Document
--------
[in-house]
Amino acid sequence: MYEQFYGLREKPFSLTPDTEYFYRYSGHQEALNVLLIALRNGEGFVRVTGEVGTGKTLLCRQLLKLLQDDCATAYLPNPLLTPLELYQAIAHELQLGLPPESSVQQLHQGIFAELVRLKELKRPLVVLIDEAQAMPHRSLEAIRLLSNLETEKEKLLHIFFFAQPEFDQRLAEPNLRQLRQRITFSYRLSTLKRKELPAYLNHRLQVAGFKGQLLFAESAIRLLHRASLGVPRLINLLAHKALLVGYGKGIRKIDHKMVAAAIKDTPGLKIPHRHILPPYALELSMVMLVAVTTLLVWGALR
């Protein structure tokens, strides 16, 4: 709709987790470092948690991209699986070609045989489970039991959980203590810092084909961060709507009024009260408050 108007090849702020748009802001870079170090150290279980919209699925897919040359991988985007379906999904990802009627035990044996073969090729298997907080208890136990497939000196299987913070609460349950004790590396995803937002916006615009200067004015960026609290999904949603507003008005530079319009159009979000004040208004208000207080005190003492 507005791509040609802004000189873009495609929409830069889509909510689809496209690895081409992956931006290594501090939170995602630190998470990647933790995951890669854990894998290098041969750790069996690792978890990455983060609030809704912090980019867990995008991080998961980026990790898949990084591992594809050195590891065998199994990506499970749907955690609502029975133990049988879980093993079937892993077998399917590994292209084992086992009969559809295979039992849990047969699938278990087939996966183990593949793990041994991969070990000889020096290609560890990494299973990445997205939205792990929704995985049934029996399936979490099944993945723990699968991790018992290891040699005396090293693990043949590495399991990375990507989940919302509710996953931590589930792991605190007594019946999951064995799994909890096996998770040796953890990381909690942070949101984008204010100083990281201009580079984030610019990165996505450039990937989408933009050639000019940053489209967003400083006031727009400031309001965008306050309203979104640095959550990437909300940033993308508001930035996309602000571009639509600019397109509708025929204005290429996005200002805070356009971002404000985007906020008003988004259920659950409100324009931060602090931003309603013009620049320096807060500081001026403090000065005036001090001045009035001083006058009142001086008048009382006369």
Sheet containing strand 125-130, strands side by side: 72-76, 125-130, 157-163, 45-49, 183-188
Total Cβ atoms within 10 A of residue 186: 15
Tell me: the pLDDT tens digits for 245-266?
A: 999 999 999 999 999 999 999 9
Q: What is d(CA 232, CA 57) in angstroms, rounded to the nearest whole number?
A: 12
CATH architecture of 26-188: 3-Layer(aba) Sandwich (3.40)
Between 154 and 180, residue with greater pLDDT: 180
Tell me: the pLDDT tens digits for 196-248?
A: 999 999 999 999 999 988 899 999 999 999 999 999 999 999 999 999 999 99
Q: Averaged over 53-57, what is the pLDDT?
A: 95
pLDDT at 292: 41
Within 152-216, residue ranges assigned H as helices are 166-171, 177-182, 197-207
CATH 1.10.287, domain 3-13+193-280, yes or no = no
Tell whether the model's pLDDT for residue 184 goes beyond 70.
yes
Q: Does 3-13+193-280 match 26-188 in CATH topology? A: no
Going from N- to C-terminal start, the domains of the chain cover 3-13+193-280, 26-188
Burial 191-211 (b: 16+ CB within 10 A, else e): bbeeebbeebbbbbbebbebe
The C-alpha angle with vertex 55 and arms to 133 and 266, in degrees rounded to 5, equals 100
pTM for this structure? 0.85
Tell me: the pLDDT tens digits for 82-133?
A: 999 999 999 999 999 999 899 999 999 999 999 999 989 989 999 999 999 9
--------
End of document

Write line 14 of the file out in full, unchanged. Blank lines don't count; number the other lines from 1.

Q: Averaged over 53-57, what is the pLDDT?